Madison Heights settles labor contracts with police and fire

By: Andy Kozlowski | Madison - Park News | Published June 26, 2017

MADISON HEIGHTS — The Madison Heights City Council recently approved tentative labor agreements with the city’s three public safety bargaining groups.

Council voted June 12 on the new terms for police officers, police command and firefighters, after each of the three unions had already voted whether to sign the deal. All three groups had voting majorities approving a one-year deal.

“Now that the police and firefighters have led the way, the city bargaining team will finalize negotiations with the bargaining groups in other departments,” said Mayor Brian Hartwell, in an email.

The one-year deal includes an across-the-board 2 percent pay raise — something City Council had planned for in the new budget by reserving money for labor groups willing to strike a deal.

Another agreement with the unions was the adjustment of the cost-sharing model on health care insurance premiums, reducing what the employees pay. The cost has shifted from an 80/20 split to a 90/10 split.

“Just like employees in the private sector, we expect our municipal employees to contribute to the cost of their insurance,” Hartwell said. “Several employees, especially those with families, asked the city to provide a relief on the cost-sharing model.”

Hartwell said that as an employer, Madison Heights wants employees who will spend their entire careers employed with the city.

“Providing a fair and competitive benefits package is key to retaining trained employees and attracting the best new recruits,” Hartwell said.

The mayor noted how the publication GoodCall recently reviewed data from 835 cities across the nation and ranked Madison Heights No. 24 overall as a best place in the U.S. for first responders to live and work, and “we intend to keep it that way,” he said.

The mayor also pointed out that many of the city’s firefighters retired in the wake of the Great Recession, and the new recruits have made the Fire Department younger and fitter. With new leaders come new ideas, he said.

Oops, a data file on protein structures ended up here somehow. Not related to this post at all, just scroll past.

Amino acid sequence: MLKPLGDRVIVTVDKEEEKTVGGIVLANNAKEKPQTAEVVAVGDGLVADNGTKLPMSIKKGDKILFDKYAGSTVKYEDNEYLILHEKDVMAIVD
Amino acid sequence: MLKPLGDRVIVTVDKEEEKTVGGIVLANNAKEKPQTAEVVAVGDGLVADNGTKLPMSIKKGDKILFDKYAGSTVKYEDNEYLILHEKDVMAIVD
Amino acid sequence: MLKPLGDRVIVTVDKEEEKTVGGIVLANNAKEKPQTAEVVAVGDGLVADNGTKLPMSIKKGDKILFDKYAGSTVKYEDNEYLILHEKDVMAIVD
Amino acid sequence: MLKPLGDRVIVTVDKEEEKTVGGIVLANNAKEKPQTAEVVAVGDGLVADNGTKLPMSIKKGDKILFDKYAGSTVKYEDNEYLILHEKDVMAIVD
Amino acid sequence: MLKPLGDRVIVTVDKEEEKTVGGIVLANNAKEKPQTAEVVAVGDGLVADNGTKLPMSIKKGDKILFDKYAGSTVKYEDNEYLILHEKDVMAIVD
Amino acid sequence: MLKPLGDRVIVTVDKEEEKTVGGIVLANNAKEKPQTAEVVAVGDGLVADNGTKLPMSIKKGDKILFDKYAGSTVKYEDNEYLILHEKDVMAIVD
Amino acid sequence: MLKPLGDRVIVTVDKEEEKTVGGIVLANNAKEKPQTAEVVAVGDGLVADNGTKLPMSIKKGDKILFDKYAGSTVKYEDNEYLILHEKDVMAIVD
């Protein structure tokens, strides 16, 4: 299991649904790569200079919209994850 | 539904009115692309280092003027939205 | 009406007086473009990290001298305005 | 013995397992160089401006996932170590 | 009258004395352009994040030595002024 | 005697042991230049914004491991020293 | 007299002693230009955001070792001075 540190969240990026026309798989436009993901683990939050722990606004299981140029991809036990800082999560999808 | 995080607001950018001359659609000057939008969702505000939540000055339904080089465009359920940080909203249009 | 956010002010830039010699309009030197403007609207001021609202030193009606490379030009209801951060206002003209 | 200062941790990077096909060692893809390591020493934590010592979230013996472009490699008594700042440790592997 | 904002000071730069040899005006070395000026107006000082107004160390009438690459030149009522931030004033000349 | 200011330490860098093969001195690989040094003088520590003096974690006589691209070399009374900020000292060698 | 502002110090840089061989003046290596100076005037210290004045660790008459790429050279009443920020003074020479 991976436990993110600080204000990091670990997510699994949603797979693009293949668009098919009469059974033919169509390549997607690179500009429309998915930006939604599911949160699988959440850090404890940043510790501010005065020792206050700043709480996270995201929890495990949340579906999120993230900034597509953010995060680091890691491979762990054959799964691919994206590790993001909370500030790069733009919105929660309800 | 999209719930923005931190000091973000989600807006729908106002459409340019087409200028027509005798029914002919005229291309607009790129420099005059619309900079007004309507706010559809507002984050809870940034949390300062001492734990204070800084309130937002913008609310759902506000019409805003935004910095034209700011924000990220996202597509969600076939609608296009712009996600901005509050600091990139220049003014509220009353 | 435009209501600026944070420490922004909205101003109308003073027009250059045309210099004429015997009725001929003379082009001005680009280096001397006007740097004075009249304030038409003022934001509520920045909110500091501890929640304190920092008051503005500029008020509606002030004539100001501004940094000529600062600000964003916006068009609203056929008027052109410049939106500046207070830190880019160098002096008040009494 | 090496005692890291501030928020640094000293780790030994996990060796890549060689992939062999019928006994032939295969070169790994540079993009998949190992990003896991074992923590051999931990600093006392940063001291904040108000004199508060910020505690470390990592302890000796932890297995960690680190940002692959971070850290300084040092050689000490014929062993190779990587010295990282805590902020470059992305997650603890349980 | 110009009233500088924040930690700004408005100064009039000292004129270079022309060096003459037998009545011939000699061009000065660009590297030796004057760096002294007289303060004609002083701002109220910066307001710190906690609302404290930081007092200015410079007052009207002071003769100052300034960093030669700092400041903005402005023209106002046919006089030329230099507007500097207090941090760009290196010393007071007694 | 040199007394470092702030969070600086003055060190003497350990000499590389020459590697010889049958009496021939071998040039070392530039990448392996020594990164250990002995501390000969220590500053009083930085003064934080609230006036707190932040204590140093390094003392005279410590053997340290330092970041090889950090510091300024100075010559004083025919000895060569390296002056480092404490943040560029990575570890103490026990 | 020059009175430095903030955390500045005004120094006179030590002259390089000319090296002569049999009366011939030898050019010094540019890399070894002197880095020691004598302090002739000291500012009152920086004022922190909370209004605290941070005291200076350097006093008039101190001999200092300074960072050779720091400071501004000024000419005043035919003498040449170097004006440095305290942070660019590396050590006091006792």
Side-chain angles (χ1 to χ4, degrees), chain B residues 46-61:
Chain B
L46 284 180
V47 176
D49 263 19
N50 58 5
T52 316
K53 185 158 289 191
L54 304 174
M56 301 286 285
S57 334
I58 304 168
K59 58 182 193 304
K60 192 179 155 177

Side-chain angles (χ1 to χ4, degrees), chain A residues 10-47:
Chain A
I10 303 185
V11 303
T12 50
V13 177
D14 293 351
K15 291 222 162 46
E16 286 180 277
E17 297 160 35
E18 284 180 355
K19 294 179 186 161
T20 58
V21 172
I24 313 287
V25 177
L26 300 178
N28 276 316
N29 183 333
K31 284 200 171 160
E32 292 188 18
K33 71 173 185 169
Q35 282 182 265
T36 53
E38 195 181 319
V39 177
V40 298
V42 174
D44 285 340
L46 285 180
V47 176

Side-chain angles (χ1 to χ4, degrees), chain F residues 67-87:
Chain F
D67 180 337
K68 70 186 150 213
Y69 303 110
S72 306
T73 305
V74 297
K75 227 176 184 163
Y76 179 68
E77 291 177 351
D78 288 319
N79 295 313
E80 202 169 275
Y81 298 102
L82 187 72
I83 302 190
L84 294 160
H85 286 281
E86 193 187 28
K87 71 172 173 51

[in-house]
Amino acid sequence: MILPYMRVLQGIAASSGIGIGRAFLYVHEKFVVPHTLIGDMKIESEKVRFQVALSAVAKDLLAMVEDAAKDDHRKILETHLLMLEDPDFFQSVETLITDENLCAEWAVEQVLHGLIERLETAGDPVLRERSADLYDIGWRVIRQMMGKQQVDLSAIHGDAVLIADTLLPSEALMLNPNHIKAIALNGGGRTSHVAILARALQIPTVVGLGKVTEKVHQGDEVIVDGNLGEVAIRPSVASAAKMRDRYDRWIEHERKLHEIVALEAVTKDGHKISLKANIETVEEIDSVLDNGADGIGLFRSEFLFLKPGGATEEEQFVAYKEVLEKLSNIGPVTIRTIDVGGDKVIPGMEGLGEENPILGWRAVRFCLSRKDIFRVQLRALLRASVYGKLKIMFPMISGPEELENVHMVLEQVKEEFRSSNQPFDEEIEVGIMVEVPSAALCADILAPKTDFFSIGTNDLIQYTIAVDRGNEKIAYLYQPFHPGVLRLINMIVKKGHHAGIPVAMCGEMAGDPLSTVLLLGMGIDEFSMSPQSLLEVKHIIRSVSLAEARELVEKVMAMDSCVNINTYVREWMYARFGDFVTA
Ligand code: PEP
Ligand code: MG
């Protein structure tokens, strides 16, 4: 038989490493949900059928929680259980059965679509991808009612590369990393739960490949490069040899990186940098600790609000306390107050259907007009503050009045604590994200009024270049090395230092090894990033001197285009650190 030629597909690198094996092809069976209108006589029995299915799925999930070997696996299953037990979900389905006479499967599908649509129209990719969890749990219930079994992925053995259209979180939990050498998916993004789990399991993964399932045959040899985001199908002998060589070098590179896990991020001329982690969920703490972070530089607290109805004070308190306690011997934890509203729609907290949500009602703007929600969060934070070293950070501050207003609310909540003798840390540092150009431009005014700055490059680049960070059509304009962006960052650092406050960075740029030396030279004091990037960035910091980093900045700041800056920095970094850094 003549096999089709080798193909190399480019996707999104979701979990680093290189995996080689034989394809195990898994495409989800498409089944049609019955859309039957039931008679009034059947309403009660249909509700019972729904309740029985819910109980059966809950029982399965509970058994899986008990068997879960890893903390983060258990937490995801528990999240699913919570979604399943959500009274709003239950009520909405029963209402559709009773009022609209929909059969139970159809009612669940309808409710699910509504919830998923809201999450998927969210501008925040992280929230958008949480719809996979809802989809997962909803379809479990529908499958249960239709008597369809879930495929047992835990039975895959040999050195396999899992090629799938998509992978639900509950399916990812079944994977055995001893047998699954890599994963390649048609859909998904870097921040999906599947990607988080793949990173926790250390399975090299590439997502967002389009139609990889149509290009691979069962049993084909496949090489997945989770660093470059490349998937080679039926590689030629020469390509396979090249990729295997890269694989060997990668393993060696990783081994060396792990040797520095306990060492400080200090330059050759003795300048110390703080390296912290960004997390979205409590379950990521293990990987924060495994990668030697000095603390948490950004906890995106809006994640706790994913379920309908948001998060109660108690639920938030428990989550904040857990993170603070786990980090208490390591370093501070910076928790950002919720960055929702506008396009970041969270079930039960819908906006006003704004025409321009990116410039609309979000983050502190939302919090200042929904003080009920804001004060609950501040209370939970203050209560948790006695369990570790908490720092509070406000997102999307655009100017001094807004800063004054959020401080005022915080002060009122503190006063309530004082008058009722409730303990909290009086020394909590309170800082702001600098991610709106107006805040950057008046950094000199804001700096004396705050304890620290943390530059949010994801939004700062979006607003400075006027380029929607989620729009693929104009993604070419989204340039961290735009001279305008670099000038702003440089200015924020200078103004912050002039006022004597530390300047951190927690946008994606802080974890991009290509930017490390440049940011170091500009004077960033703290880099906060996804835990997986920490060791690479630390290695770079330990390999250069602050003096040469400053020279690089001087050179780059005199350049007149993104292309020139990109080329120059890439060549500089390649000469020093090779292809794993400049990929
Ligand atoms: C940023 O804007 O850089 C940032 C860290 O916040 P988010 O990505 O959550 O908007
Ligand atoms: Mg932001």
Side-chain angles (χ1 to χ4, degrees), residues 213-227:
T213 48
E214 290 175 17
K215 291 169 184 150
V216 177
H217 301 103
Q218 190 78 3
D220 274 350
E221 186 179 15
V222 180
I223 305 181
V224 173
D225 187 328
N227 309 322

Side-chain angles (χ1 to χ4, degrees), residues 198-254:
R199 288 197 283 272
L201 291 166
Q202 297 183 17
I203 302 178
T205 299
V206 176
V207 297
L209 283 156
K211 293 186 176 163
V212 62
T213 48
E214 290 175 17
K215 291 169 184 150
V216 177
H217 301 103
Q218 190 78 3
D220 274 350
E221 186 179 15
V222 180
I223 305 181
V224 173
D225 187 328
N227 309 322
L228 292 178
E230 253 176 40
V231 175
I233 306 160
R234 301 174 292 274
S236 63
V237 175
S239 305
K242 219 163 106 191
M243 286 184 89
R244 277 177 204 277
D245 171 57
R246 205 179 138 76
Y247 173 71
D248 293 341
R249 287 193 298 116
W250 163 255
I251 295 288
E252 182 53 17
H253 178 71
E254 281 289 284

“The union leadership, by getting its members to accept the new agreement, demonstrated they deeply care about the health and safety of Madison Heights residents,” Hartwell said.

Ray Gilson, union president of Madison Heights Firefighters Association Local 1357, said that the bargaining process went fairly smoothly.

“It’s a short, quick and sweet resolution for everyone. We didn’t want to pass it up,” Gilson said. “We took on the one-year extension, and we’ll address other issues later on.”

Mayor Pro Tem Mark Bliss said the agreement also includes a vesting provision for the health care savings plan. Now the funds in an employee’s account are theirs after five years, instead of seven years, regardless of whether the employee leaves employment.

“This is the second round of bargaining since I’ve been on council, and in both cases we were able to quickly come to a fair agreement that was able to take care of our employees in a way that’s still fiscally responsible in today’s climate,” Bliss said in an email. “It was a good process, and I’m proud of how all those involved approached this positively and proactively.

“It was important to start with public safety,” he said. “We’ll now turn our attention to completing agreements with the rest of our unions.”

Ed Malak, union president of the Madison Heights Police Officers Association, an independent group with no local number, said the shift in the health care cost-sharing model was a nice surprise.

“The 90/10 split, cut from 80/20 — that’s a nice big chunk of change a lot of our guys were paying,” Malak said. “It’s getting more and more difficult to attract people (to police work), and I think the city is realizing that too, and trying to make it more appealing to people who might want to come here if the insurance is a bit cheaper and the benefits a bit better.

“The only negative, I’d say, is we would’ve liked to see a longer deal than just one year, because we’ll be right back to it in a matter of months,” he said. “But it still had a lot of support amongst our guys. They were very receptive to it.”

City Councilman Robert Corbett said the deal is similar to those in neighboring communities.

“Members of the police and fire departments are receiving a compensation package that is fair to both the officers and the community,” Corbett said in an email. “While it is a one-year agreement, I believe this allows the city to plan its finances in this fluid and ever-changing economic climate.

“This also ensures Madison Heights will be able to attract and retain quality public safety officers going forward,” he said. “Much credit for this successful negotiation goes to the team representing the community and the unions.”
Call Staff Writer Andy Kozlowski at (586) 279-1104.